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Cover Story

April 13, 2009
Volume 87, Number 15
Web Exclusive

Medicinal Chemistry

Generation Next

Two examples show how digging deeper into obesity biology can reveal new insights

Carmen Drahl

Cannabinoid 1 receptor-targeted drugs are not the first high-profile failure in drug development for metabolic diseases.


For instance, several drugs that act on peroxisome-proliferator-activated receptors (PPARs), which are associated with obesity, stumbled over safety concerns in the 2000s (C&EN, Oct. 20, 2008, page 34). And in the late 1990s, a combination of two drugs, fenfluramine and phentermine, better known as the mega-selling weight-loss combo Fen-Phen, ran into trouble with the Food & Drug Administration when physicians at Mayo Clinic noticed heart valve defects in some people taking the drug. Other studies linked fenfluramine to high blood pressure in arteries that supply the lungs.

Phentermine was not found to be associated with Fen-Phen's cardiovascular side effects. It is still available on its own, but it stops helping patients lose weight after three to six months.

At Arena Pharmaceuticals, researchers are revisiting the target of fenfluramine. Fenfluramine, which was pulled from the market in 1997, is a racemic drug; one of its enantiomers, dexfenfluramine, was marketed as Redux and was also pulled.

Fenfluramine activates receptors that bind 5-hydroxytryptamine (5-HT), also known as serotonin. Activating a subtype of serotonin receptor found in the hypothalamus, called 5-HT2C, is thought to decrease appetite. 5-HT2C is related to receptors called 5-HT2B, which are found on heart valve cells, and 5-HT2A, which are associated with perception, sleep, and blood platelet function.

Arena believes Fen-Phen had adverse effects because fenfluramine wasn't selective for the 5-HT2C receptor, says Brian M. Smith, director of medicinal chemistry at Arena. "Although fenfluramine stimulated the 5-HT2C receptor in the hypothalamus and caused weight loss, it also released serotonin and activated other serotonin receptors, including receptors in the heart" that likely caused the heart valve defects, he says.

Arena's candidate, lorcaserin, was designed to selectively activate 5-HT2C (J. Med. Chem. 2008, 51, 305). Unlike Fen-Phen, which is a combination therapy, Arena is developing lorcaserin to be sold as a monotherapy, Smith says.

Lorcaserin is currently in Phase III clinical trials. In Phase III data reported on March 30, patients on lorcaserin lost more weight over one year than those on placebo. "Arena is looking very carefully at heart valves," and lorcaserin's selectivity does seem to be translating into an absence of heart defects, says Frank Greenway, a physician at Pennington Biomedical Research Center, a hub for obesity research located in Baton Rouge, La. Greenway also works as a consultant for companies developing obesity drugs, such as Orexigen Therapeutics.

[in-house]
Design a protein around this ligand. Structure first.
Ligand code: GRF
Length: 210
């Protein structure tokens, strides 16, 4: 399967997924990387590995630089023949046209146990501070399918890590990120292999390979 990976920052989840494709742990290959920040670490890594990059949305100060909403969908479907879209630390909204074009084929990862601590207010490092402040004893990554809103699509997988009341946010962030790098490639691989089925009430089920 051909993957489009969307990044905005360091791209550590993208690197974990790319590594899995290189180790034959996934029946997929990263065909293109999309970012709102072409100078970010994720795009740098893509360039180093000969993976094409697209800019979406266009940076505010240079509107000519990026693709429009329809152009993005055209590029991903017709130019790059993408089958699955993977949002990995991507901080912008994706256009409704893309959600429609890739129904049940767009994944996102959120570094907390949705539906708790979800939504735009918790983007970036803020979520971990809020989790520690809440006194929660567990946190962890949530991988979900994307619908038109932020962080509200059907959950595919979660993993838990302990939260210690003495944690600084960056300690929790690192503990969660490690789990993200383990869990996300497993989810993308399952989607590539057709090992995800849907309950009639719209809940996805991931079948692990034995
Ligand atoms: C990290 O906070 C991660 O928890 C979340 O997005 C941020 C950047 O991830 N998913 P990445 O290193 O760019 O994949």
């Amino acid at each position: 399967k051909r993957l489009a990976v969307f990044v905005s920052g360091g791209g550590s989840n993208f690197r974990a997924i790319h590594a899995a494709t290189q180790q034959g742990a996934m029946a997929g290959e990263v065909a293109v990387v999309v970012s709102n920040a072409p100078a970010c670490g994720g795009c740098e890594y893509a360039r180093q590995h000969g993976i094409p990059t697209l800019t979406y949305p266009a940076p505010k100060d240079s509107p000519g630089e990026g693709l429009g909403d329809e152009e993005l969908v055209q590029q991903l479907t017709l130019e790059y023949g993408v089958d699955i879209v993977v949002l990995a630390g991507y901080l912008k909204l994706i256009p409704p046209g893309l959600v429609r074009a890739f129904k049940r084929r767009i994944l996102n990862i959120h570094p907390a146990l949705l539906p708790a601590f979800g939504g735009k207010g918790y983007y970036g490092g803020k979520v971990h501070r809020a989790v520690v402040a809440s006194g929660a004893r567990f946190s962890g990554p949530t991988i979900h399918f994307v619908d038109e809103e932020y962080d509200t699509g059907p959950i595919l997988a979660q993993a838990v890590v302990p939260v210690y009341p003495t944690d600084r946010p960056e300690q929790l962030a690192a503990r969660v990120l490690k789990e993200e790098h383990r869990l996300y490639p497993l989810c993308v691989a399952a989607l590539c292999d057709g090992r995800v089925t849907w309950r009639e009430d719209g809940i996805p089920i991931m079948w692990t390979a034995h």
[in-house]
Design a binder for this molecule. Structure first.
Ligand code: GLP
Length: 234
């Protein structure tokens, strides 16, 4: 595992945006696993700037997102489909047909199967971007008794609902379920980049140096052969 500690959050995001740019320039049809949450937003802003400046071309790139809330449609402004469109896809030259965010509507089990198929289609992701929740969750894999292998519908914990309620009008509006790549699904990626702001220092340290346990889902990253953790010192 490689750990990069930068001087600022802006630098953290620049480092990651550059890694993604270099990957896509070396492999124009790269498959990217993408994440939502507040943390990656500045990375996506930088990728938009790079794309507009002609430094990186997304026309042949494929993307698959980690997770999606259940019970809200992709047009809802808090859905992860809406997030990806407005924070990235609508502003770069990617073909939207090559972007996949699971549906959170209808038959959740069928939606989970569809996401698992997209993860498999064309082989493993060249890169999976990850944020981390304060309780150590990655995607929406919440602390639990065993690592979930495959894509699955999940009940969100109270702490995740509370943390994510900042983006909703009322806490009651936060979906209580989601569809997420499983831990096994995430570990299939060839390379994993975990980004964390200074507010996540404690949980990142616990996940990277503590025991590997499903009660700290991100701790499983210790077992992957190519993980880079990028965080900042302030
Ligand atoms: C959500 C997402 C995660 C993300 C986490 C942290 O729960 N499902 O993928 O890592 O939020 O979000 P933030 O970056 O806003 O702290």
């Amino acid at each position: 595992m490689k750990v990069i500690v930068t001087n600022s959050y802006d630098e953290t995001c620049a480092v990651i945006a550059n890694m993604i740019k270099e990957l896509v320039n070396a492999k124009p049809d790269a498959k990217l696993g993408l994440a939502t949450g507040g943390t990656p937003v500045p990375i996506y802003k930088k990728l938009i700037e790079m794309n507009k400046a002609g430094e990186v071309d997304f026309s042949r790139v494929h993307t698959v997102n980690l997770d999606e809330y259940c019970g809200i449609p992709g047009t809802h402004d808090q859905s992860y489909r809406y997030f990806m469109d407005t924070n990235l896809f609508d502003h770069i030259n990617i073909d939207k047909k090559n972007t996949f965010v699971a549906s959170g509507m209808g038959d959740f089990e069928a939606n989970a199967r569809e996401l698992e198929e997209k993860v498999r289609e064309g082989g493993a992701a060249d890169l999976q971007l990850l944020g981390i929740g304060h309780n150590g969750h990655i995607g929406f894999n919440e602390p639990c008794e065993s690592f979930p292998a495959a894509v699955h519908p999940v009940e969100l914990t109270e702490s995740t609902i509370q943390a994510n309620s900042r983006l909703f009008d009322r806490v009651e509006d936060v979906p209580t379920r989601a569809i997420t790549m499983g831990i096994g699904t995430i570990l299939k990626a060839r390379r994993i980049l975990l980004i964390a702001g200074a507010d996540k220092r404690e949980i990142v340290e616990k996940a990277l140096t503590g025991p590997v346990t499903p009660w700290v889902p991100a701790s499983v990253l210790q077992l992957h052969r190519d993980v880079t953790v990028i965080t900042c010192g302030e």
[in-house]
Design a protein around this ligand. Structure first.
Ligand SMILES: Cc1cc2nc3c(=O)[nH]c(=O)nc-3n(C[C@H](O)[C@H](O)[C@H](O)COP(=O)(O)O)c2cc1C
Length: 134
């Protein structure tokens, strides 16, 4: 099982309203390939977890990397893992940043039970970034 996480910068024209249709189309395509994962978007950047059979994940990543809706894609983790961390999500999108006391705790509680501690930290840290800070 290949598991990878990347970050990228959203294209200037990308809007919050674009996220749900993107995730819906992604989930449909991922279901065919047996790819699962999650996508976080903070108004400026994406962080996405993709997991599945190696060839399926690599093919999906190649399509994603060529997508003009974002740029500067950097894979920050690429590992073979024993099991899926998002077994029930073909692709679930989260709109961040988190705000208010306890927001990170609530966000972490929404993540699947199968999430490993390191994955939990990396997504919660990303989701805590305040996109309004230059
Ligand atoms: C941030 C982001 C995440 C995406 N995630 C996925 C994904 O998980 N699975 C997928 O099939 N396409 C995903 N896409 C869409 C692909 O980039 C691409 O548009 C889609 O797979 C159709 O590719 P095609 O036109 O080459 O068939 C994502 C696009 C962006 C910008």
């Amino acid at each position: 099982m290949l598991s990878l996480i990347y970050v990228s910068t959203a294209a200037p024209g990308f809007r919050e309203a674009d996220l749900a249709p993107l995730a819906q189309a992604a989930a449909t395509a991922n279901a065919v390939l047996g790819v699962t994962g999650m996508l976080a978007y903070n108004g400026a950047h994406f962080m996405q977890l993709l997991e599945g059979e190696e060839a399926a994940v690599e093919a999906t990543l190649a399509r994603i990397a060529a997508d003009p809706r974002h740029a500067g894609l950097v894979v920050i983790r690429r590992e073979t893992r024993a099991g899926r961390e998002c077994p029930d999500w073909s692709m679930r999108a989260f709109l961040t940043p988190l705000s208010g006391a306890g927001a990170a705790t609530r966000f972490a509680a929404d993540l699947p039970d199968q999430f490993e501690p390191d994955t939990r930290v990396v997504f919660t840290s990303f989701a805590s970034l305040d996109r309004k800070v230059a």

Sometimes, safety isn't the challenge. Orlistat (Roche's Xenical), a drug that blocks pancreatic lipase enzyme and prevents fat from being absorbed into the body, is FDA approved for treating obesity, and a low-dose version, marketed as alli, is sold over the counter. Some patients who take orlistat develop socially embarrassing side effects, including flatulence and oily stool. "Side effects emerged in Phase III clinical trials, but it wasn't appreciated how much of a problem they were until the product first went into the wider population," says Roger Hickling, research and development director of Alizyme, a U.K.-based company also working on obesity drugs.

Alizyme's leading candidate for treating obesity, cetilistat, has the same lipase target as orlistat. But there are important differences in how cetilistat behaves in the body, Hickling says.


"Orlistat molecules are ideally configured for hydrogen-bonding between two molecules," Hickling says. "Our hypothesis is that the nonpolar part of orlistat sits in the membrane of the fat micelle and the polar part sticks out of the micelles and forms dimers, bringing micelles into proximity. We think that orlistat gives you a coalescence of fat micelles leading to what we call a lipid lake," and that this lipid lake is in part to blame for orlistat's side effects, he adds.

Cetilistat, in contrast, is a bicyclic molecule without the functional groups needed to form dimers, and it therefore shouldn't cause fat micelles to coalesce, Hickling says. The team has done computer modeling to support their hypothesis, but they don't yet have clear experimental evidence. "We'd like to find a biological model that would be testable, but it isn't the easiest hypothesis to replicate outside the human body," he says.

In Phase II clinical trials, cetilistat together with diet changes was effective at promoting weight loss, with very few reports of gastrointestinal side effects. Alizyme has launched Phase III clinical trials of cetilistat in Japan, in partnership with the pharmaceutical company Takeda. Because taking orlistat has been found to stave off type 2 diabetes, Alizyme plans to explore cetilistat's utility in that area as well, Hickling says.

Cover Story

  • Weighing Options
  • In the wake of drug-trial setbacks, obesity researchers assess what it will take to move forward.
  • Generation Next
  • Two examples show how digging deeper into obesity biology can reveal new insights.

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Chemical & Engineering News
ISSN 0009-2347
Copyright © 2009 American Chemical Society

Cover Story

  • Weighing Options
  • In the wake of drug-trial setbacks, obesity researchers assess what it will take to move forward.
  • Generation Next
  • Two examples show how digging deeper into obesity biology can reveal new insights.

Related Stories


Save/Share »



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